Disclaimer: I was provided with a free copy of this book in exchange for an honest review.
Adele has only one goal: catch the purple-haired thief who broke into her home and stole her exocore, thus proving herself to her new police team. Little does she know, her thief is also the local baker.
Claire owns the Croissant-toi, but while her days are filled with pastries and customers, her nights are dedicated to stealing exocores. These new red gems are heralded as the energy of the future, but she knows the truth: they are made of witches’ souls.
When her twin–a powerful witch and prime exocore material–disappears, Claire redoubles in her efforts to investigate. She keeps running into Adele, however, and whether or not she can save her sister might depend on their conflicted, unstable, but deepening relationship.
Although it has some dark elements, Baker Thief is a charming story whose strength lies in its interpersonal connections.
The cast is wonderfully diverse with characters at the intersections of multiple marginalisations. No one shows this better than the titular character. Claire is genderfluid, sometimes feeling more comfortable as Claude. She splits her roles as baker and thief between her genders: by day, he is Claude the baker, by night, she is Claire, the Exocore Thief. While this works to protect her identity, it also works against her because her genderfluidity isn’t that neat. For example, there are days when Claude wishes he didn’t have to open up the bakery and could spend the time as Claire instead.
In addition to being genderfluid, Claire is also fat. This seems like an unconventional choice for a superhero, but her fatness is never slows her down. Indeed, it is never a big deal in the story. Better still, her figure is shown as one still desirable to a more conventionally attractive character, which was something I very much appreciated. And it in turn led to some exploration of Claire’s aromantic identity.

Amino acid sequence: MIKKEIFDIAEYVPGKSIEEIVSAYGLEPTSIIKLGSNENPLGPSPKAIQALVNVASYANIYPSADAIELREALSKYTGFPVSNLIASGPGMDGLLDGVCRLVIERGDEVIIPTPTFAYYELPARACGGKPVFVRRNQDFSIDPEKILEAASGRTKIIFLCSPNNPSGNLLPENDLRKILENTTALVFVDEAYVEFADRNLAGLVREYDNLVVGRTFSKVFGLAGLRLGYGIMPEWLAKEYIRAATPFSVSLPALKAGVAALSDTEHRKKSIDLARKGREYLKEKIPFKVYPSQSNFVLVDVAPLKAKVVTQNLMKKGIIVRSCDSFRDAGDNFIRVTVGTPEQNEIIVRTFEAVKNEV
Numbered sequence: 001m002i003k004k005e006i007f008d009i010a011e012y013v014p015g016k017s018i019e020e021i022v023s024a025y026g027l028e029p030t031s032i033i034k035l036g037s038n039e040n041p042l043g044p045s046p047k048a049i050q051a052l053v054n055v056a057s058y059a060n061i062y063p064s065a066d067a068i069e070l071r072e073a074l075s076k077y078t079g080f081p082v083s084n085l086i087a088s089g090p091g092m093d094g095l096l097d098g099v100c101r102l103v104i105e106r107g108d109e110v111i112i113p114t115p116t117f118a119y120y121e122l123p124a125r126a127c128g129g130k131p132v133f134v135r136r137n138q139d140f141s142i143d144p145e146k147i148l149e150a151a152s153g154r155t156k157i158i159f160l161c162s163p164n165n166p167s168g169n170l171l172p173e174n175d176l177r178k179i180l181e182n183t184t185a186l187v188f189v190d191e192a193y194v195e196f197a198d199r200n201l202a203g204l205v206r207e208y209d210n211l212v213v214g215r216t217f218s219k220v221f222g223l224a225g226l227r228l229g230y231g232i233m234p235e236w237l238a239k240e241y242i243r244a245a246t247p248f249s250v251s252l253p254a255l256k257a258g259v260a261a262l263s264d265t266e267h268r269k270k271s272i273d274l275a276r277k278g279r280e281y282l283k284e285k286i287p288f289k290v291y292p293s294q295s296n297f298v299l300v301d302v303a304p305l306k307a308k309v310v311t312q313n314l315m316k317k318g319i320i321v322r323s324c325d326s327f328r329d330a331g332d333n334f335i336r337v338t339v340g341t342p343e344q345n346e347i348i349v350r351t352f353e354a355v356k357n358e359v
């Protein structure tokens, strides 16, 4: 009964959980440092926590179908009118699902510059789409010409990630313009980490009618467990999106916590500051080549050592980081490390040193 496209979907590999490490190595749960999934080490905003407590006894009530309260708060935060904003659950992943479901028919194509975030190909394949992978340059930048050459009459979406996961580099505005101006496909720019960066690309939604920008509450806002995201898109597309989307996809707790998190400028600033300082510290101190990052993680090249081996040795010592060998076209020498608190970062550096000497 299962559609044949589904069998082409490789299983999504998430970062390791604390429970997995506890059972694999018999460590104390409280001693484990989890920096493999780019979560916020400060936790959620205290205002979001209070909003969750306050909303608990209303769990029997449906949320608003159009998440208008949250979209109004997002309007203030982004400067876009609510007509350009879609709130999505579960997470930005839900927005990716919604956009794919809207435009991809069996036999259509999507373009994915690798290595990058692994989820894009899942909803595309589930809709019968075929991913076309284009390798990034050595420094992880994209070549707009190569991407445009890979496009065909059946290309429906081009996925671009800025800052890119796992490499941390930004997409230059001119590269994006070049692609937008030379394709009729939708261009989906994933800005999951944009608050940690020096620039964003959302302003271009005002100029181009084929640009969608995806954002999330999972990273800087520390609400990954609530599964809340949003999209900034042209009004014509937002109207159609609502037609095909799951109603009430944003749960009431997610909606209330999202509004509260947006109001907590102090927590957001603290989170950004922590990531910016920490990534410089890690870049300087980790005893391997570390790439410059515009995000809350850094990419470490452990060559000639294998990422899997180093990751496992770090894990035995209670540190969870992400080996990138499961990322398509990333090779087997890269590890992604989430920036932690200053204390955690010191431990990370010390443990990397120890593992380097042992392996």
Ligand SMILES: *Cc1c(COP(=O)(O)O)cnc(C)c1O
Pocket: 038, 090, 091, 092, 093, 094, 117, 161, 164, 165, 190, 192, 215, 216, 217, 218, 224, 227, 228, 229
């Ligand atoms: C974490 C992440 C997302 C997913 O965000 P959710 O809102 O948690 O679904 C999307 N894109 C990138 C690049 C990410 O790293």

Pretty much the rest of the cast is likewise diverse in at least one way. Adele suffers from asthma. Her boss uses a prosthetic arm. Other members of their team are trans and one is an older, black, polyam woman. This diversity is supported by the worldbuilding: this is a society where it is normal to include one’s pronouns when introducing oneself and there are a variety of pronouns used throughout the story. It’s a society in which Claire’s reticence about her genderfluidity is rather unusual–a possible weak point of the story. It is portrayed as being the result of Claire’s own uncertainty about her identity, but it does seem a little out of keeping with the setting.
Another thing I very much enjoyed about the story is that it features found family and family. Both Claire and Adele have good relationships with their sisters, each of which plays an important part in the story. The disappearance of Claire’s twin sister raises the stakes for her, lending urgency to her investigation of the exocores, while Adele’s investigation of Claire’s thefts leads the policewoman to develop a closer relationship with her own sister–an expert in the field of energy technology.
This might be a superhero story, but it’s not a lone superhero story. A key theme is learning to rely on others. Both Claire and Adele start out on their own, each with a heavy burden to shoulder. At first, they try to do it on their own, but they slowly learn that there are times they need to ask for help and to recognise that there are communities around them waiting to support them. In Adele’s case, this is the new police unit she has been transferred to. In Claire’s case, it is the witchy community she has been out of touch with since her family fled the city.
And while there is a strong focus on relationships, these moments of personal connection were counterbalanced with some of the dramatic set pieces so characteristic of superhero stories.
All in all, Baker Thief was a delightful book with a vibrant setting and a fantastic cast of characters. I’ve got my fingers crossed for more, since there is plenty of space for future stories to explore and I would love to hear more from Claire and Adele’s friends.